How does one imagine a city that was torn apart first by nature and then by men? How does one linger upon its loss, its painful rebirth and its attempt to collect memories as old as the city? How does the city reconstruct itself from the debris of its past? Amrita Shah’s intimate journey through the city of Ahmedabad, recounted poignantly in Ahmedabad: A city in the world, is an answer to all of this and much more.
A city carries upon it the burden of its people’s desires and anxieties. Divided by the lines of caste, class, religious faith and money; men, women and children find their home in the depths of the city, believing that this home would cement their roots and strengthen their hopes. Amidst this brick-by-brick construction of dreams, what is often forgotten is the suddenness of an untoward event. One cannot predict it. One cannot stop it. What one could only do in the face of an unanticipated change is to put blood and sweat into fulfilling a new dream.
Written in seven chapters, Shah’s book begins with Meraj, a pleasant, young Muslim man who grew up in the working class neighbourhood of Asarwa-Chamanpura of Ahmedabad. Though Meraj dreams of becoming a lawyer and moving away from his working-class roots, the 1992-93 communal riots change the course of his dream. “Once the line is broken, it is very difficult to connect again”, says Meraj.
Circumventing from his broken dream, Meraj tries to build another route to realising his dreams. He takes up a trade skill (embroidery) and sets up a tailoring workshop. In the span of a few months, his business flourishes and Meraj is back to contemplating buying a second-hand van over a car. Yet, like his previous dream, the 2002 Gujarat riots ensues and with that, his workshop and the second attempt at making it big, dies.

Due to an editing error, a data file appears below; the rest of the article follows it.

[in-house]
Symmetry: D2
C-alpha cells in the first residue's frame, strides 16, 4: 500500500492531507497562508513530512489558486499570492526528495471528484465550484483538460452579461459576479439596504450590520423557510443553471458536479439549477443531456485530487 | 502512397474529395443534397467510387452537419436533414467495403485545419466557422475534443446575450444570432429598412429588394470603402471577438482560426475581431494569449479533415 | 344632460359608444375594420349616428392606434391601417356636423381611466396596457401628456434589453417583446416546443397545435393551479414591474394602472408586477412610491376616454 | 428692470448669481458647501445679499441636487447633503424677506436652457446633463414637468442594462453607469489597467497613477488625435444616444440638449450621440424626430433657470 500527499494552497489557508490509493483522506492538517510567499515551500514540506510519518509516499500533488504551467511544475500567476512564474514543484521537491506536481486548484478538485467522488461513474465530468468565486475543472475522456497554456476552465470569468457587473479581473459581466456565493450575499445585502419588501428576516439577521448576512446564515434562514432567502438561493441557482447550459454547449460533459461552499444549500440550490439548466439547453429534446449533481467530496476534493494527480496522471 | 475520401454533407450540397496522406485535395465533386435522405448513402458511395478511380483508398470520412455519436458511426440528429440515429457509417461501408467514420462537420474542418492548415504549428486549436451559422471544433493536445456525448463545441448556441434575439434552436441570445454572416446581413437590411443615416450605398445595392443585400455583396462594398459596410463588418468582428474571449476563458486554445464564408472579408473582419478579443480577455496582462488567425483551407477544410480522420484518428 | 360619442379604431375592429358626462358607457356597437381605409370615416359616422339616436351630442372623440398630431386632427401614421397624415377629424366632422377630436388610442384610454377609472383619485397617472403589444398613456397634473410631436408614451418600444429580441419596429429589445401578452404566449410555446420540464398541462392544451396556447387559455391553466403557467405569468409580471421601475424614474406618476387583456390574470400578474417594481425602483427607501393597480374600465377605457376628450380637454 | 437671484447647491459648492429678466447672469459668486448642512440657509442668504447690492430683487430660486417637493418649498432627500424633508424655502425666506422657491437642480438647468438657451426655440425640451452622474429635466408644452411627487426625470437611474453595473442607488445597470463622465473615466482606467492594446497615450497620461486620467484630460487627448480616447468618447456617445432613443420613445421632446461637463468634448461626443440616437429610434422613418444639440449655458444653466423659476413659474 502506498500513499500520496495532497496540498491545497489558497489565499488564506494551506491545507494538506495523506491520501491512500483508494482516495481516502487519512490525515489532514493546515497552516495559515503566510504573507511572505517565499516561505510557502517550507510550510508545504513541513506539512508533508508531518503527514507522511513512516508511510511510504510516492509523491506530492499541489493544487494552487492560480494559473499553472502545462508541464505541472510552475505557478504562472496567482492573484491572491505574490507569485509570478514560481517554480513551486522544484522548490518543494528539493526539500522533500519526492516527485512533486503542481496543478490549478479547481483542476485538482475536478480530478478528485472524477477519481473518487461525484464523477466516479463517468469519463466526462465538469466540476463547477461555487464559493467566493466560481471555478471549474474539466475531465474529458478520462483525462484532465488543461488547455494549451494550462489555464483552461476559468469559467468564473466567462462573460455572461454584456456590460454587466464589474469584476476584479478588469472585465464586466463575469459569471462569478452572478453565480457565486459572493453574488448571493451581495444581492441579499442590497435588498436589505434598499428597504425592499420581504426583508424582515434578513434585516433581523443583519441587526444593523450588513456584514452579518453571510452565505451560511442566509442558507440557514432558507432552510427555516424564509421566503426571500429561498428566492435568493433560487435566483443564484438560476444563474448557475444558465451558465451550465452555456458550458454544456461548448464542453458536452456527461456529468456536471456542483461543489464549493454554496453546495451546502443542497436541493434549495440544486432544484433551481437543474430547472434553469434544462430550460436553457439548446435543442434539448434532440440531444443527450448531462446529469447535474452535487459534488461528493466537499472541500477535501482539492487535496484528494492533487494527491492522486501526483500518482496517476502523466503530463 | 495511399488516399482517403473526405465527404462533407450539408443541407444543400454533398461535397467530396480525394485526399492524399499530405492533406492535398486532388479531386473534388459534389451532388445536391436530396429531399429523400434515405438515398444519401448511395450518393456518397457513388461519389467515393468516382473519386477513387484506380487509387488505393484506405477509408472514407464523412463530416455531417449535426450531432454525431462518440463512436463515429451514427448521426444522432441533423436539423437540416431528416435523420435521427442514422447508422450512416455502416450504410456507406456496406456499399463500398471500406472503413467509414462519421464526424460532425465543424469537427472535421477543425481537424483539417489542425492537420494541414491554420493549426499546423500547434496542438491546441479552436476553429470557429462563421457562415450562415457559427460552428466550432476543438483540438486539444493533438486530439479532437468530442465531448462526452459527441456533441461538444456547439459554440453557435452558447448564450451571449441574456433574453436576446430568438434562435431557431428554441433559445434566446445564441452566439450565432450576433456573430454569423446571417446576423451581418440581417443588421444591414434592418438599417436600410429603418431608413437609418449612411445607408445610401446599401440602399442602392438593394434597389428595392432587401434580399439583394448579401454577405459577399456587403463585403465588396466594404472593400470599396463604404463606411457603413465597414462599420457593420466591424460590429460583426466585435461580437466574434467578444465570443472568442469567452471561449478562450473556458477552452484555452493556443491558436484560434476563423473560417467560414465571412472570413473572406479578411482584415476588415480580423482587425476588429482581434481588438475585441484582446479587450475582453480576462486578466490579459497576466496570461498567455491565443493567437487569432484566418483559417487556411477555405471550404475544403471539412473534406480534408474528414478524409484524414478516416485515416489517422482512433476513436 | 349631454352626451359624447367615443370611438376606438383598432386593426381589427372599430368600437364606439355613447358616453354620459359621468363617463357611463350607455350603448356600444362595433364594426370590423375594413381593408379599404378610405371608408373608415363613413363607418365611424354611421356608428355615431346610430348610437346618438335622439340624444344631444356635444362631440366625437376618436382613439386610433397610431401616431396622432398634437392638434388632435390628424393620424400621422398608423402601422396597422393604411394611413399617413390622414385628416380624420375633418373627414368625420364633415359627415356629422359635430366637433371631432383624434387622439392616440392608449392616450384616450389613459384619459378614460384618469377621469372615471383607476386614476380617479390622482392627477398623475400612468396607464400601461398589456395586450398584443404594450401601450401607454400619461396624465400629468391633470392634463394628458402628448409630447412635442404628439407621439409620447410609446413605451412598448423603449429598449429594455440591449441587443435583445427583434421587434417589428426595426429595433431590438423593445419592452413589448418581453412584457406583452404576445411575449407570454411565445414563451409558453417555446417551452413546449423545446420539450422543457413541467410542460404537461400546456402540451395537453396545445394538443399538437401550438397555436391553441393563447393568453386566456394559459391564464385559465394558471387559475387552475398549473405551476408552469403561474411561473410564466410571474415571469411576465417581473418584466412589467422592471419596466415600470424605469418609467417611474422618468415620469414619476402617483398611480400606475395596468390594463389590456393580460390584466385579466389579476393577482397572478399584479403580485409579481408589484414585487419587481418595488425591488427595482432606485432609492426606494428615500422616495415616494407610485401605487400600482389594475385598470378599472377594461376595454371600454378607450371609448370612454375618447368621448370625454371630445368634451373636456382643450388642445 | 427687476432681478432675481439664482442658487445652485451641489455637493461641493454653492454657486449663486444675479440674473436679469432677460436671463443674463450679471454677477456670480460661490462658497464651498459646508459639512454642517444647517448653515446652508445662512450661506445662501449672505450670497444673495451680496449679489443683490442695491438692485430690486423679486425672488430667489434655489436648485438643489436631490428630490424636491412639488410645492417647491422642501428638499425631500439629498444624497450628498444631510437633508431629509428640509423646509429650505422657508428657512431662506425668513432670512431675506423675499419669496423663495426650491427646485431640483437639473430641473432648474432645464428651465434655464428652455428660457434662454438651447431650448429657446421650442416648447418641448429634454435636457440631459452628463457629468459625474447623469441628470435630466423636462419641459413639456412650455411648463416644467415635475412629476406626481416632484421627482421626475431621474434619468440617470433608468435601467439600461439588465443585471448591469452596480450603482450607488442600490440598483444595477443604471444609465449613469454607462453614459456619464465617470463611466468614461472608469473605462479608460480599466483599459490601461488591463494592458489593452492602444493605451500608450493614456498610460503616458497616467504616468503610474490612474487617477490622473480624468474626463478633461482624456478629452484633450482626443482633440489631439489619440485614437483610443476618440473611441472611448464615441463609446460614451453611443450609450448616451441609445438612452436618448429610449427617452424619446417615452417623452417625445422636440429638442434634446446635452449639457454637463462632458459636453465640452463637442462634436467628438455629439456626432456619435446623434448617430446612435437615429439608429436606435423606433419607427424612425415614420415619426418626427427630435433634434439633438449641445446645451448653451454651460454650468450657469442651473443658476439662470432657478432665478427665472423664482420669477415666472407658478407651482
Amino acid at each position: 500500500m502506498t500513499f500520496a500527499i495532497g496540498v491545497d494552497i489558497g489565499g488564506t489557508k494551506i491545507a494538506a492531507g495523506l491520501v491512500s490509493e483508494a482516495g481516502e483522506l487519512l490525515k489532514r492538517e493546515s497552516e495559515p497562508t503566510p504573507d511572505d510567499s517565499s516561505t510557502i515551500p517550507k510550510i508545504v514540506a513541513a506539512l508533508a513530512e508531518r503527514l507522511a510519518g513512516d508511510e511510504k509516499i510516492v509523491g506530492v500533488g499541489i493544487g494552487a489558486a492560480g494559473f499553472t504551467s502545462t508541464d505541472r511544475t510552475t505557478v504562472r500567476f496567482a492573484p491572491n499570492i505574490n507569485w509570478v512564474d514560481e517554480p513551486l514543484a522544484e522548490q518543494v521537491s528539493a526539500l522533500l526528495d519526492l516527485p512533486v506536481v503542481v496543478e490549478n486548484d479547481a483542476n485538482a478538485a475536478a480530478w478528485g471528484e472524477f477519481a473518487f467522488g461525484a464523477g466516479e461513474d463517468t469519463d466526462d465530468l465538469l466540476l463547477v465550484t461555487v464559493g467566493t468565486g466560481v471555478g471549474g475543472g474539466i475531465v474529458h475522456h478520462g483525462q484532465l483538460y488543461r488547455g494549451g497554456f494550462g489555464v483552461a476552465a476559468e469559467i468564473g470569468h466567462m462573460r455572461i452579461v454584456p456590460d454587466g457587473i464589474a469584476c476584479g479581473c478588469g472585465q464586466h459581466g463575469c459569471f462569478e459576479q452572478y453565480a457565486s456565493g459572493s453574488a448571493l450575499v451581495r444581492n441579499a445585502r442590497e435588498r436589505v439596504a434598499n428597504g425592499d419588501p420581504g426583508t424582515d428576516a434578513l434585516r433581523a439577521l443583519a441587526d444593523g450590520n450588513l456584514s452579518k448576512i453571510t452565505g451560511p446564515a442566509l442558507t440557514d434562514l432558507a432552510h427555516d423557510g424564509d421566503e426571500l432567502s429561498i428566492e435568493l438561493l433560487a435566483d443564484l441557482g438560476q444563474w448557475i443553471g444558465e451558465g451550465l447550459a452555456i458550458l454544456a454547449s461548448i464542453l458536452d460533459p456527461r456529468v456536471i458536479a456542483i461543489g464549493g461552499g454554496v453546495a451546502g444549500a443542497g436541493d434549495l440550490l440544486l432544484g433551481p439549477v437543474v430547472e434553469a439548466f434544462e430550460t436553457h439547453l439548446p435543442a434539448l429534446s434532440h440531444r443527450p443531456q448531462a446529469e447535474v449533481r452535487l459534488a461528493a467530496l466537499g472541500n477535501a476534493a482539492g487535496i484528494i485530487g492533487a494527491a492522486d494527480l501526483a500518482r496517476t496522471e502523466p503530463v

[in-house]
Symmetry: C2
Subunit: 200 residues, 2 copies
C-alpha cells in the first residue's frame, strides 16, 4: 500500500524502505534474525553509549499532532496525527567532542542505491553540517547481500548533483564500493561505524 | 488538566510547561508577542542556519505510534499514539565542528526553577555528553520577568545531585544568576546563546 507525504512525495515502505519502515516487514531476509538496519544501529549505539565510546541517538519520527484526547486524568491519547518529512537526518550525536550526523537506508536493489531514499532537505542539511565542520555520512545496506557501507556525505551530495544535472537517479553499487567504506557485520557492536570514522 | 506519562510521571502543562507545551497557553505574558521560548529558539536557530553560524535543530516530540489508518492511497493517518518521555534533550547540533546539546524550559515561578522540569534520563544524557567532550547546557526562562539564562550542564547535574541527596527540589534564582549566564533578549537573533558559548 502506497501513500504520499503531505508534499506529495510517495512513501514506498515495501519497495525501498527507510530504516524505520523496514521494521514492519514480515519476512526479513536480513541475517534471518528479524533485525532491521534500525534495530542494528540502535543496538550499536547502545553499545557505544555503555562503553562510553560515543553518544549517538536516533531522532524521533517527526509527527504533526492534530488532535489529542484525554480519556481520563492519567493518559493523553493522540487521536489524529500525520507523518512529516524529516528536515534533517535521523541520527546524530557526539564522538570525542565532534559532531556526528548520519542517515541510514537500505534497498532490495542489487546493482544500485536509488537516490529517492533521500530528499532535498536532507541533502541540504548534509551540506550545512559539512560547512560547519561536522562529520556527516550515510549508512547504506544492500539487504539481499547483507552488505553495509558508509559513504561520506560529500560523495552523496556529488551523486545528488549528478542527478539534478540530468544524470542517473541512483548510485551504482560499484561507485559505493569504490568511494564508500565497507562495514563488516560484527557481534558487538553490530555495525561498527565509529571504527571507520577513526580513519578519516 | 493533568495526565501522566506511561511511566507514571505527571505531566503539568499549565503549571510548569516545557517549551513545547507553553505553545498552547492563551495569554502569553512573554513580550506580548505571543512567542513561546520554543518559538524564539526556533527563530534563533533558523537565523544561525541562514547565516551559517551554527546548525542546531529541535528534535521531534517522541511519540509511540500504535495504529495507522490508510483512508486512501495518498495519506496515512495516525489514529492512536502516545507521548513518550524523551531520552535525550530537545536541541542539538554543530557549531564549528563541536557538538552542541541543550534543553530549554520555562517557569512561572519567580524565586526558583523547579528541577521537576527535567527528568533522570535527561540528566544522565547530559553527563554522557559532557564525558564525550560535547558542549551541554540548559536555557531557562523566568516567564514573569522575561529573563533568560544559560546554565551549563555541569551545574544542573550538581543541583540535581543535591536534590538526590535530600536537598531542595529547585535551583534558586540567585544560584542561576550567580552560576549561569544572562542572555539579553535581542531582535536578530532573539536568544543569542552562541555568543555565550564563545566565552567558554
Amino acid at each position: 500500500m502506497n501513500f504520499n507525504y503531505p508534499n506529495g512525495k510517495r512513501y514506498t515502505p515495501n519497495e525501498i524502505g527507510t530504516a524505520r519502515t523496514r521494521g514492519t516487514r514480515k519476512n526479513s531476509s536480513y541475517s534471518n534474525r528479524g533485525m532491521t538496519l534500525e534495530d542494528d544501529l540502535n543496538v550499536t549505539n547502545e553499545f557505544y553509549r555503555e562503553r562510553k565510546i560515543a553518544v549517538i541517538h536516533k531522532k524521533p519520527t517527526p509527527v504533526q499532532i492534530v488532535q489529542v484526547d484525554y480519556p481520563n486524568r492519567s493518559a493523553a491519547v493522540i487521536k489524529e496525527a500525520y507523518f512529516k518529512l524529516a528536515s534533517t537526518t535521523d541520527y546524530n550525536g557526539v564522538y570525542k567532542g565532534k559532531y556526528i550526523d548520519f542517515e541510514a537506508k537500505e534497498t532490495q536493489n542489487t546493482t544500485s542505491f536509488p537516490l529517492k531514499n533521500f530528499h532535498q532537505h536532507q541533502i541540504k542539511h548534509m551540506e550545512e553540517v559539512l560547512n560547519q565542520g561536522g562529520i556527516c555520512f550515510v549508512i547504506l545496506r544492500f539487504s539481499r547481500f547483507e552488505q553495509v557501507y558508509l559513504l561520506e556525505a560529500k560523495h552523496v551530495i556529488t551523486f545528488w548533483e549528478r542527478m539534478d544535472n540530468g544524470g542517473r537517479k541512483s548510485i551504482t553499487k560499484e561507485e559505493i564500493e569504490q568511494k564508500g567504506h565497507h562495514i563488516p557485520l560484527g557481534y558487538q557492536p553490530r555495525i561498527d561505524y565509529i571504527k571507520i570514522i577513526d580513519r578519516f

After reflecting on the life of Meraj and his relationship with his former home in the first chapter, Shah delves into the city’s name and history, in the second chapter titled River. Without pausing to empathise with the state government’s attempt at erasing the city’s Muslim roots (Ah-meda-bad being Amdavad), Shah traces the life of Ahmed Shah, the founder of Ahmedabad. With it, she presents a vivid historical account of the city, throwing light upon its geography, architecture, trade, culture and literature.
In the third chapter, Old City, Shah locates the Gandhian narrative of Ahmedabad. Taking the reader to the Gujarat Vidyapith, Shah juxtaposes Gandhian principles with the present ambivalent situation of the city. In Working Class, Shah narrates an important but an overlooked aspect of the city. Touching upon the class and caste issues concerning the mill workers of Gujarat, the chapter highlights how little care has been put into preserving the history of Gujarat’s textile mill culture. In chapters five and six, Shah expands the scope of her narrative and addresses the ‘elephant in the room’ i.e. the Gujarat model of development.
Drawing the reader into the new additions to the city — malls, roads and hi-tech buildings — Shah gives a sharp take on land acquisition.
Amidst these notes of critiques, Shah also provides an honest picture of Modi’s biggest fan-following — his overseas audience. In Bombay Hotel, the book comes a full circle as it brings the figure of the Muslim in Gujarat back, this time focussing on their inability to find a space to live in their home city.
However, the best of Shah’s abilities are out on display when the reader comes upon the epilogue. Titled (Coda) The Kite, the short story at the end sums up the book. Describing the earnest attempt of a street urchin to make his kite fly, the epilogue is a brilliant visual metaphor on its own. As the kid tries to fly the kite, it falters repeatedly and when the child gets distracted, the kite comes down and is run over by oncoming traffic. For this writer, the imagery brings to mind Meraj’s quest for overcoming his broken dreams.